Vaccines 9 (11) - [2021-10-28; online 2021-10-28]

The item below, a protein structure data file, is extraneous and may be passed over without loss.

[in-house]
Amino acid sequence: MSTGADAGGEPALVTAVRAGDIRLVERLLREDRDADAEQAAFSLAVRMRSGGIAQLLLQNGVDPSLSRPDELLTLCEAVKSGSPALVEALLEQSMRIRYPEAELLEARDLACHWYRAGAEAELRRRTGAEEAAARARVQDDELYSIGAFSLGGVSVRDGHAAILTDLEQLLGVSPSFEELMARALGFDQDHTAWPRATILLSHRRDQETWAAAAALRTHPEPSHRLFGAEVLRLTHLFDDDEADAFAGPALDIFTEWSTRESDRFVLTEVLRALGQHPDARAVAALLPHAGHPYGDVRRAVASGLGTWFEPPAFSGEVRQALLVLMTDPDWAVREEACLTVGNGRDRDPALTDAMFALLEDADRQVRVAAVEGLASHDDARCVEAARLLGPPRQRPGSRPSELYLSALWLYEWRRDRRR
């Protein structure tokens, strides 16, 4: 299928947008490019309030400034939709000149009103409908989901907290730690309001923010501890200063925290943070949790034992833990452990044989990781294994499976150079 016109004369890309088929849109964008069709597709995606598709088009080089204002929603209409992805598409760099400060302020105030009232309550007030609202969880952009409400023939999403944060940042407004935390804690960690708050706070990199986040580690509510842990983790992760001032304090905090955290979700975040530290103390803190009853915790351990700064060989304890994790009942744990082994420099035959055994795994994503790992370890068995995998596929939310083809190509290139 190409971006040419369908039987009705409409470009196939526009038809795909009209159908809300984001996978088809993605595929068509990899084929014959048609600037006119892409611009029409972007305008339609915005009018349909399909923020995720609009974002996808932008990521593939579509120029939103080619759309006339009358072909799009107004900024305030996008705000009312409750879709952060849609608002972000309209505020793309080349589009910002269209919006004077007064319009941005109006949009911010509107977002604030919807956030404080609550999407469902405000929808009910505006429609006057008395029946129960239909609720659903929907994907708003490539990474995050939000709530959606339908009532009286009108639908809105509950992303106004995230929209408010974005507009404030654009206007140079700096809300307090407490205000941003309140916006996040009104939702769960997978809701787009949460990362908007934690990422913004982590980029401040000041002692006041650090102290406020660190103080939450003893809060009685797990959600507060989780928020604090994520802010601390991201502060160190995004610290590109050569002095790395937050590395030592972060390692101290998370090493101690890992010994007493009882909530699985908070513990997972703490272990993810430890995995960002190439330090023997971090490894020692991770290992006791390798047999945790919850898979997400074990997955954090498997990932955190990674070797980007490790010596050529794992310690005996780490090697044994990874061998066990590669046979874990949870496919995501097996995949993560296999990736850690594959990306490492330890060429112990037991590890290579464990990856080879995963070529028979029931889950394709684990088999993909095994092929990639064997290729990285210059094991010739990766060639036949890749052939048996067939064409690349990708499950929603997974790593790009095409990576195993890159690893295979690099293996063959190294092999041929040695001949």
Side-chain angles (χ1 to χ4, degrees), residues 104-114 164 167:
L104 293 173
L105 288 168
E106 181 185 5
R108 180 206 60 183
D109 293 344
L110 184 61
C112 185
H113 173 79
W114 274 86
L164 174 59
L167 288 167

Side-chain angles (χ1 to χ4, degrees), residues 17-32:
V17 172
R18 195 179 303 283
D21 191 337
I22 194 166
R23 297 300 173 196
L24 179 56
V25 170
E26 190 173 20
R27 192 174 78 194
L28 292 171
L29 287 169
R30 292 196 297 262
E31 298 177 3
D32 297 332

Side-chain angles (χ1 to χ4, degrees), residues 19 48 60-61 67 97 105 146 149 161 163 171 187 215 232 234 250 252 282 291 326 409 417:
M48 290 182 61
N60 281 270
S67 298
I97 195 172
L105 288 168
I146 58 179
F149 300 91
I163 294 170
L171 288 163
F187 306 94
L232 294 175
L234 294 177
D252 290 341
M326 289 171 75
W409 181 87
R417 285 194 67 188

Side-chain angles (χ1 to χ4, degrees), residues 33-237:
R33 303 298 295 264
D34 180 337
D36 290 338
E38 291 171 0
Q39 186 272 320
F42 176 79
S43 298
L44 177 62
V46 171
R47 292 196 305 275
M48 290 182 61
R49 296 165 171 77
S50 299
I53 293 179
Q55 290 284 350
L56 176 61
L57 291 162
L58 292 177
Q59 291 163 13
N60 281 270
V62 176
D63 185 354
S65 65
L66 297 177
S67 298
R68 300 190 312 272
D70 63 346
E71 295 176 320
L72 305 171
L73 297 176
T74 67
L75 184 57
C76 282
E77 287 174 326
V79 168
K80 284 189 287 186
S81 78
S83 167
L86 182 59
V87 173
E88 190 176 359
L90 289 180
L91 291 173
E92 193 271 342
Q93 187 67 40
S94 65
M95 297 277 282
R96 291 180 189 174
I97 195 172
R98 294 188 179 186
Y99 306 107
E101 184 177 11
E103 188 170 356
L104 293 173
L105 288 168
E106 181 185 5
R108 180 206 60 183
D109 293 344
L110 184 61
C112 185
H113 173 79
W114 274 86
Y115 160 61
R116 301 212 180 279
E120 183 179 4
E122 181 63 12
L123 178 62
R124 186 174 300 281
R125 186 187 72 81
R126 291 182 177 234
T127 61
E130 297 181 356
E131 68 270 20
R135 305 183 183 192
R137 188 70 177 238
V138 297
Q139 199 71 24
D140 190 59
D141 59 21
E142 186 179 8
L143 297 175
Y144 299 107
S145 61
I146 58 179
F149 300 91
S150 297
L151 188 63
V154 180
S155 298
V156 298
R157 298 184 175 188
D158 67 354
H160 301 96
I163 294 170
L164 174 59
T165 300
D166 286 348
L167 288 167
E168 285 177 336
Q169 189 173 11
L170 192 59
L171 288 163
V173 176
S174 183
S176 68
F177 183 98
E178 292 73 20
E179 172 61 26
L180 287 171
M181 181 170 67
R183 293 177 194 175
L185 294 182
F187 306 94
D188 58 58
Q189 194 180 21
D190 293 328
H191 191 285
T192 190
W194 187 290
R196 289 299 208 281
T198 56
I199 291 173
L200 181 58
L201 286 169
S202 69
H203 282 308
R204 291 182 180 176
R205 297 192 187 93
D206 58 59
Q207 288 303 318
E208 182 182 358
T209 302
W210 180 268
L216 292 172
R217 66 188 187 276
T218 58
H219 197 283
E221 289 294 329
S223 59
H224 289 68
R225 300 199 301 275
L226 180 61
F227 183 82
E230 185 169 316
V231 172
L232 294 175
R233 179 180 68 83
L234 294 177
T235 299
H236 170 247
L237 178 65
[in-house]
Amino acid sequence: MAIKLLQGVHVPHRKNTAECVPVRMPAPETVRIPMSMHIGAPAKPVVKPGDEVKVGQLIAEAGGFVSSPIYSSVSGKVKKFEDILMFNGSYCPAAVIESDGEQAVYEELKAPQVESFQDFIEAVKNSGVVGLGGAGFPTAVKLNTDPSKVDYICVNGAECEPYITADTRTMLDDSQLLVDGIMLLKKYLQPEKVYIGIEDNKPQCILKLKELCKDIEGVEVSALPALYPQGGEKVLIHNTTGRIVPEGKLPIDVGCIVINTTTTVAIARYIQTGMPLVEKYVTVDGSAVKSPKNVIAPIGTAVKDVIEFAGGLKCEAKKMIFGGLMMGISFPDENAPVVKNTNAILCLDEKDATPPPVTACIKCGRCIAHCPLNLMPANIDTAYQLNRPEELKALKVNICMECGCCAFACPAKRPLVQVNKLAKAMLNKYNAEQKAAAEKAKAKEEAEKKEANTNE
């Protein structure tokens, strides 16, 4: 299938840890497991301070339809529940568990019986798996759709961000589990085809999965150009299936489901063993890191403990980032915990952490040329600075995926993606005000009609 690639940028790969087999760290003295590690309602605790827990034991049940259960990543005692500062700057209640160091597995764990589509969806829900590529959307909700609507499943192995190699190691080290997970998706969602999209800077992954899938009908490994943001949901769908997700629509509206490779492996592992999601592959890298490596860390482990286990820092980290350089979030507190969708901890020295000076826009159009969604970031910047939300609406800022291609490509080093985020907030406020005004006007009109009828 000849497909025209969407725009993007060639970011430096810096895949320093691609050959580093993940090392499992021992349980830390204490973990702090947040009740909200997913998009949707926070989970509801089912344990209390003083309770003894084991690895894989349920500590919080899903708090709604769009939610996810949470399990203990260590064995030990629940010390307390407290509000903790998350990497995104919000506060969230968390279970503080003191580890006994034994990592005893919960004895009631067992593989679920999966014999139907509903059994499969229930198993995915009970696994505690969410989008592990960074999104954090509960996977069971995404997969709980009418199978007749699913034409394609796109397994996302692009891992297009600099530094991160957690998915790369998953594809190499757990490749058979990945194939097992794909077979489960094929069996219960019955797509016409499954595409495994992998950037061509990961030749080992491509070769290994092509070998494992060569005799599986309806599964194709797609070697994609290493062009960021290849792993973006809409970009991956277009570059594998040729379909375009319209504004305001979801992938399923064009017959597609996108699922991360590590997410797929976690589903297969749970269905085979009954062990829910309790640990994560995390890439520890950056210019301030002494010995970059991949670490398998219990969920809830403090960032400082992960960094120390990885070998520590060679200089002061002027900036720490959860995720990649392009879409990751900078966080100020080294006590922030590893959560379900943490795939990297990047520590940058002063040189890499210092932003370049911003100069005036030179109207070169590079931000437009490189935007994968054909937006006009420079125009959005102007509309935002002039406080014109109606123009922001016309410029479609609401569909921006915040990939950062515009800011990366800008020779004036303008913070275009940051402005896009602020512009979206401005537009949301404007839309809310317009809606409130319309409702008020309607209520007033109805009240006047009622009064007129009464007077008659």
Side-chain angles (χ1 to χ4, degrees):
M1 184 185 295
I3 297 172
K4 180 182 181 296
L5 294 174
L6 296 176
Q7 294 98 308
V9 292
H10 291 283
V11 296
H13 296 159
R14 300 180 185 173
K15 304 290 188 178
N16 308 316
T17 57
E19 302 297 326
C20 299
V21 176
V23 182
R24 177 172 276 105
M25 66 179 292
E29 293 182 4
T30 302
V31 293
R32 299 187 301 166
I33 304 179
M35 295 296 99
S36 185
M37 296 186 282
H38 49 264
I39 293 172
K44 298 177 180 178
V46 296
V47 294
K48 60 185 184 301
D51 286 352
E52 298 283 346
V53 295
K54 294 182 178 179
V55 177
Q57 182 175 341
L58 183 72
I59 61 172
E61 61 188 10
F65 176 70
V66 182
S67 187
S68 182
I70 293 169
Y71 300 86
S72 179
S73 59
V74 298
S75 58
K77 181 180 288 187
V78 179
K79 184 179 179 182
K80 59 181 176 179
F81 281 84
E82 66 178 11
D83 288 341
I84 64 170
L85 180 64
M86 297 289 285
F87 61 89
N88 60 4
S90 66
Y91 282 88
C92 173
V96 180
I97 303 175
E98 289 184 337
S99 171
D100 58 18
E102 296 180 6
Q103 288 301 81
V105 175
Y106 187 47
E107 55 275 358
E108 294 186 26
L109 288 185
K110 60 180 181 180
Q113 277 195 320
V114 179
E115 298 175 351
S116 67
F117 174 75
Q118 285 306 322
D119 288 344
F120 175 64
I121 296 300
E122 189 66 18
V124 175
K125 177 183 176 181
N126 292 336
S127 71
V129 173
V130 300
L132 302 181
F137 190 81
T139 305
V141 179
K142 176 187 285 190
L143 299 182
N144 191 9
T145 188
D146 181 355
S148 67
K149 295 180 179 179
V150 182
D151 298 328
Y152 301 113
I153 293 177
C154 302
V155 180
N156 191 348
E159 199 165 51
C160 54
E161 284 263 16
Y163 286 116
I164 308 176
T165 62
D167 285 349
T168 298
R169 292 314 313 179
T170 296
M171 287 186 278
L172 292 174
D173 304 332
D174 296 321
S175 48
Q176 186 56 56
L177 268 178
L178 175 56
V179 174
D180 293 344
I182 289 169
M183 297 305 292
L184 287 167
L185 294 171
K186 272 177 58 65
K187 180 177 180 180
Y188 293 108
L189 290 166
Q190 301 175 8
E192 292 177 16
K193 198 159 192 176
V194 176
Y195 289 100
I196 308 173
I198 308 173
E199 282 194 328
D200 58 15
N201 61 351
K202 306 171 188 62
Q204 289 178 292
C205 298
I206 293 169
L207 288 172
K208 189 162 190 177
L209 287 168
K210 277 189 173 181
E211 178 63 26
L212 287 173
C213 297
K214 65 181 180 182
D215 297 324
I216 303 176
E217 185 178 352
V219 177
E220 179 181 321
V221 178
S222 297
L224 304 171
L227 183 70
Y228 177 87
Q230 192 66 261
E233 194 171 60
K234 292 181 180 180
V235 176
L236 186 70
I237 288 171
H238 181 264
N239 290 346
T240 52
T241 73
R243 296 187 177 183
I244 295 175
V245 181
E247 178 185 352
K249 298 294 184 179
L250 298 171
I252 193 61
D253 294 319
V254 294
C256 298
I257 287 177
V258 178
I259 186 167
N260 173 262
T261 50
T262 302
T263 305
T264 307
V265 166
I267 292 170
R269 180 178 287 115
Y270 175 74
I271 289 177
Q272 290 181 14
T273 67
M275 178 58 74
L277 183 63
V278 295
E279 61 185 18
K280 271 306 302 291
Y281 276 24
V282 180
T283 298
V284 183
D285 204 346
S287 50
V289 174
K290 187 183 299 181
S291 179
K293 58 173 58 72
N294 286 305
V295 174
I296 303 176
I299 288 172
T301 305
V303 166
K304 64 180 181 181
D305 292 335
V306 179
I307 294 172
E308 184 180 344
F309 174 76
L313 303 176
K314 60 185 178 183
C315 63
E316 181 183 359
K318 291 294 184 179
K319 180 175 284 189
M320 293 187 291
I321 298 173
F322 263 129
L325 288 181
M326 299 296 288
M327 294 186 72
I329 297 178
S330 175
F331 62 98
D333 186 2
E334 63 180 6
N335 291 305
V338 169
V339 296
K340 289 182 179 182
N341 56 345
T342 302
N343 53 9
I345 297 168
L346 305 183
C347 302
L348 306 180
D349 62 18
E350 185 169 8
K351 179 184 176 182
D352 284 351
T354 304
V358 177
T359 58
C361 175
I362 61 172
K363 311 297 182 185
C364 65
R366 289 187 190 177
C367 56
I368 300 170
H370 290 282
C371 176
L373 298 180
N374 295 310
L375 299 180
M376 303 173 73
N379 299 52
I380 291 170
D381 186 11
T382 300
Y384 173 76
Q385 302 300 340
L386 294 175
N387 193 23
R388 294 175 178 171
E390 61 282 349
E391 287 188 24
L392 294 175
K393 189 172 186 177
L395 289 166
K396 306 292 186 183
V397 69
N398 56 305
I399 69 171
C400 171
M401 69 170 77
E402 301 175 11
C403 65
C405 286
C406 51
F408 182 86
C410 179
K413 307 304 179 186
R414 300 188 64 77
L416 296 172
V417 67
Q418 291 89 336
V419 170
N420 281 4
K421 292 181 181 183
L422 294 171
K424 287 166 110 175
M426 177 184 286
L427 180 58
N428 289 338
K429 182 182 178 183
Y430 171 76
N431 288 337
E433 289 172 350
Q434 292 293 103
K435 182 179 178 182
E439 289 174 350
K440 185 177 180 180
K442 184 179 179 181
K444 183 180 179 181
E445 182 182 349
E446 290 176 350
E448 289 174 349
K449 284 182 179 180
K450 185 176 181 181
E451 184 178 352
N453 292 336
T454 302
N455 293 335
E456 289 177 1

Acceptance and willingness to receive the vaccine are among the main factors in the success or failure of a health system in implementing the vaccination program. The present study was conducted in Tehran, the political and economic capital of Iran, to determine the acceptance of the COVID-19 vaccine and identify its associated factors, and explain the most important barriers and acceptance strategies for vaccination. This research was a concurrent quantitative and qualitative mixed-method study. In the quantitative part, 1200 individuals aged more than 18 years were selected from the households in 22 districts of Tehran City, with a multistage stratified cluster sampling method. Two questionnaires were used to evaluate the acceptance of the COVID-19 vaccine and vaccine acceptance determinants. The qualitative content analysis method addressed the influencing factors, as well as challenges and strategies related to the acceptance of the COVID-19 vaccine in four groups of Tehran inhabitants: the elderly, people with underlying diseases, healthcare workers, and the general population. The related data were simultaneously collected by applying in-depth semi-structural interviews and a data analysis process. Furthermore, we used the Graneheim and Lundman method for data analysis. We analyzed the data of 1200 people with a mean (SD) age of 46.4 (11.1) years, and approximately 58% of them were men. The vaccine acceptance was 83.6% (95% CI: 81.3-85.9). Among those who welcomed vaccination, 58% preferred the imported vaccines, 25% the Iranian ones, and 17% both. There was a significant association between the variables of age (adjusted odds ratio [AOR] = 1.72, 95% CI: 1.01-2.93), being single (AOR = 0.54, 95% CI: 0.41-0.91), moderate pharmacotherapy adherence (AOR = 0.58, 95% CI: 0.4-0.85), and the willingness to receive COVID-19 vaccine. Qualitative study after interviewing 45 people from four study groups showed an insufficient social trust in healthcare system officials, pharmaceutical and vaccine production companies; distrust in the effectiveness of the vaccines, concerns about the vaccine adverse effects, being tracked by microchips after vaccination, traditional anti-vaccination movements, the feeling the inessentiality of vaccination, and uncertainty about the fair distribution of the vaccine. These concerns were the main challenges addressed by the study groups. A good proportion of Tehran residents reported their willingness to receive the COVID-19 vaccine. Additionally, they expressed their critical concerns, such as insufficient trust in the healthcare system, vaccine safeties, and adverse effects that were the significant barriers to vaccine acceptance. It seems that conflicts raised by the shortage of vaccines and their import due to the sanctions have led to intense desire and demand in the general population, and especially the elderly, for vaccination. Besides, vaccination phobia in some individuals requires further investigations.